A comparison of systematic versus stratified-random sampling design for gradient analyses: a case study in subalpine Himalaya, Nepal
Bhatta, Kuber Prasad; Chaudhary, Ram Prasad; Vetaas, Ole Reidar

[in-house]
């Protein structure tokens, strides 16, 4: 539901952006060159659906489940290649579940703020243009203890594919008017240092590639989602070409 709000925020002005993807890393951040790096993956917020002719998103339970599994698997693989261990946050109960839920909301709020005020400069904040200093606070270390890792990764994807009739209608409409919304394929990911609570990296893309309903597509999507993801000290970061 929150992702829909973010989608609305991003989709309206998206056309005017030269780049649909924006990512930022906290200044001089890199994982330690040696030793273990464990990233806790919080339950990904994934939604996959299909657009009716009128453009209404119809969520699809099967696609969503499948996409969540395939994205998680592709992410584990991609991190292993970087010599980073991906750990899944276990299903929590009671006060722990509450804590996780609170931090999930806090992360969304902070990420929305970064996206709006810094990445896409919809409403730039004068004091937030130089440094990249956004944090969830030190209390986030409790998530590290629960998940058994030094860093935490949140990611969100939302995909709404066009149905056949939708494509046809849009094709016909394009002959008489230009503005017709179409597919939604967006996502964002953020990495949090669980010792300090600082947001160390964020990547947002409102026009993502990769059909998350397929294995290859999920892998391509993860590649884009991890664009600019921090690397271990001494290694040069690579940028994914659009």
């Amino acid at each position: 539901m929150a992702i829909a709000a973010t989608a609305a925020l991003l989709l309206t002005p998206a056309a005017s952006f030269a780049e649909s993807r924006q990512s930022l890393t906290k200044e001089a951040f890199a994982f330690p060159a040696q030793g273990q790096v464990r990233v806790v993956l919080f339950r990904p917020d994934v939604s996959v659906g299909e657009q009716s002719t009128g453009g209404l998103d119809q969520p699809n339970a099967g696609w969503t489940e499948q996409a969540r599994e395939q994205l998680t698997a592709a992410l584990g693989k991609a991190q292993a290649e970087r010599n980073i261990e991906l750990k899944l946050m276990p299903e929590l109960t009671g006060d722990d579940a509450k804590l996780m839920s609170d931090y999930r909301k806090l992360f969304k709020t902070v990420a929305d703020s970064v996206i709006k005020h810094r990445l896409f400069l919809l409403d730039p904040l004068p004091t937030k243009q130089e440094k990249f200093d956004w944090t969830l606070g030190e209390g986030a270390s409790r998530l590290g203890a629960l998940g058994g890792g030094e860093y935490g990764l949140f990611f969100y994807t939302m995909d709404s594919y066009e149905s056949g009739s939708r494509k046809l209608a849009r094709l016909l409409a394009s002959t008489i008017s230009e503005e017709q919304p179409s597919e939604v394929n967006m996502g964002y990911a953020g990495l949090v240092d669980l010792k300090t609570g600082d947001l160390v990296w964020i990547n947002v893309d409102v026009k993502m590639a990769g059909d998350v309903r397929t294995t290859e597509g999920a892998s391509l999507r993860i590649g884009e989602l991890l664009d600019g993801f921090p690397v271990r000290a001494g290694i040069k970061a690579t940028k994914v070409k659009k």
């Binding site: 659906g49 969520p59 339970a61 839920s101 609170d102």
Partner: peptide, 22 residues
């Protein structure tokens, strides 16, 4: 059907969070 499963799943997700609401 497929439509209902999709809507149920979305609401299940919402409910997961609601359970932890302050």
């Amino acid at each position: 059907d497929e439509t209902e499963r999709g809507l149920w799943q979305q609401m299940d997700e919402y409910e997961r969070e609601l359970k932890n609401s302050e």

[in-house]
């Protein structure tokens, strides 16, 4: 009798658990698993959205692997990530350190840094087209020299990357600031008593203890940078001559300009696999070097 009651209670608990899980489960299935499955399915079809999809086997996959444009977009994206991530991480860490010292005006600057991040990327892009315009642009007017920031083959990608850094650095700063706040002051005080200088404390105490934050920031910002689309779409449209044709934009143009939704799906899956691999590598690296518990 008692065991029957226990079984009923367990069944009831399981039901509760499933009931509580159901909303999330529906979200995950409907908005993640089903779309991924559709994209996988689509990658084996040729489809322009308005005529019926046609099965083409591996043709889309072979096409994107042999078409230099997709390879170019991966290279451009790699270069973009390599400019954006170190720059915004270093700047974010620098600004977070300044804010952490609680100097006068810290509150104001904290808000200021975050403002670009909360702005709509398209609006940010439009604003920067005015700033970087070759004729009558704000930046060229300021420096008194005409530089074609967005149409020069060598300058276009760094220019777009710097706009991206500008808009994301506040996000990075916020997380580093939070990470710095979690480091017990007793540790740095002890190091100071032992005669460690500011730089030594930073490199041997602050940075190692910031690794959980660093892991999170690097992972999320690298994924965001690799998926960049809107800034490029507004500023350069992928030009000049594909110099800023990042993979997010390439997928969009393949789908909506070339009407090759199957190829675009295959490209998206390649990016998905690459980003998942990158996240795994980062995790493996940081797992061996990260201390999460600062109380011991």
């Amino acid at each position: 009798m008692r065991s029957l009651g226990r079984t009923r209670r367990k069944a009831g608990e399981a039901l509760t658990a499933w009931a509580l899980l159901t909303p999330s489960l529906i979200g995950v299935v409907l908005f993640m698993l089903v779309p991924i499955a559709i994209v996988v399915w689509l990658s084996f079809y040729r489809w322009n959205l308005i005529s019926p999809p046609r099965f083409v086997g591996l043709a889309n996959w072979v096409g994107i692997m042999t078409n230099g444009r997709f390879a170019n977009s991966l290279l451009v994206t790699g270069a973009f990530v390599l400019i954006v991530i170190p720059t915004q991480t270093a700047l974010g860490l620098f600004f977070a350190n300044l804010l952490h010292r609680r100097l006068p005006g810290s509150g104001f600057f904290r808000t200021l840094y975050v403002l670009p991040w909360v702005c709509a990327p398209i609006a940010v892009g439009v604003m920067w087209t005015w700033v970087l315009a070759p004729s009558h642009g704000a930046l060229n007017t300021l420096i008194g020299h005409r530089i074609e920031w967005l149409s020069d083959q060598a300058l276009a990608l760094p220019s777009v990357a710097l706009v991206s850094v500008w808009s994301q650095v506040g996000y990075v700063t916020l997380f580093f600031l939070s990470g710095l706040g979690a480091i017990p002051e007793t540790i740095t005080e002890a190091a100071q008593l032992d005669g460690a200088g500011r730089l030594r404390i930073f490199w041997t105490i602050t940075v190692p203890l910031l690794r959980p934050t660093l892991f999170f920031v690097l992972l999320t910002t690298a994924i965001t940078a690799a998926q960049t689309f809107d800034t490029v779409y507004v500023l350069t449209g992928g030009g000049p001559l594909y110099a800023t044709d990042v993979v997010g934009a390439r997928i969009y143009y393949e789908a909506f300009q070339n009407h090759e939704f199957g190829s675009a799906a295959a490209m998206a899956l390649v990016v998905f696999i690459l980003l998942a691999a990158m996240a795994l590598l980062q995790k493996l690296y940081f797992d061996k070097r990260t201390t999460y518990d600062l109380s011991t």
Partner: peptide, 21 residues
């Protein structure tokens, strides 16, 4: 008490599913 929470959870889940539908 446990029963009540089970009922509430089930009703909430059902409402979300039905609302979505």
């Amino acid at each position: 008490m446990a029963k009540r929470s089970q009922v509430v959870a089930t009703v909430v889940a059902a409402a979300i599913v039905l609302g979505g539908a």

Depending upon the scale and purpose of the study, different sampling designs vary in their advantages and disadvantages. In contrast to the thorough debates on the numerical methods used in gradient analyses, sampling design has not been discussed and evaluated to the same degree. We assess the difference between results obtained by systematic and stratified-random sampling designs regarding (i) heterogeneity of species assemblages and (ii) relationships between vegetation, environment, and geographical space. We compared the statistical attributes of two data sets of the same size obtained using a systematic (S) and a stratified-random (SR) sampling design, along the same physiognomically defined spatial gradient from grassland to old forest, via a thicket of shrub and pioneer forest in subalpine zone of Nepal Himalaya. There is not much pronounced difference between the two sampling designs regarding species heterogeneity; however, systematic sampling captures slightly greater heterogeneity of species assemblages, whereas greater redundancy is revealed by SR sampling design. The species-environment correlation is significantly higher for data collected using the S sampling design than that for the SR data set, whereas the variance explained by environmental variables and space together is higher for the SR dataset. The two sampling designs yield data that are not very different with respect to common multivariate statistics, such as eigenvalue and gradient length. However, systematic sampling is found to be more efficient than stratified-random sampling not only in terms of effort and time but better results especially regarding species environment correlations are also obtained by this technique during ordination and gradient studies.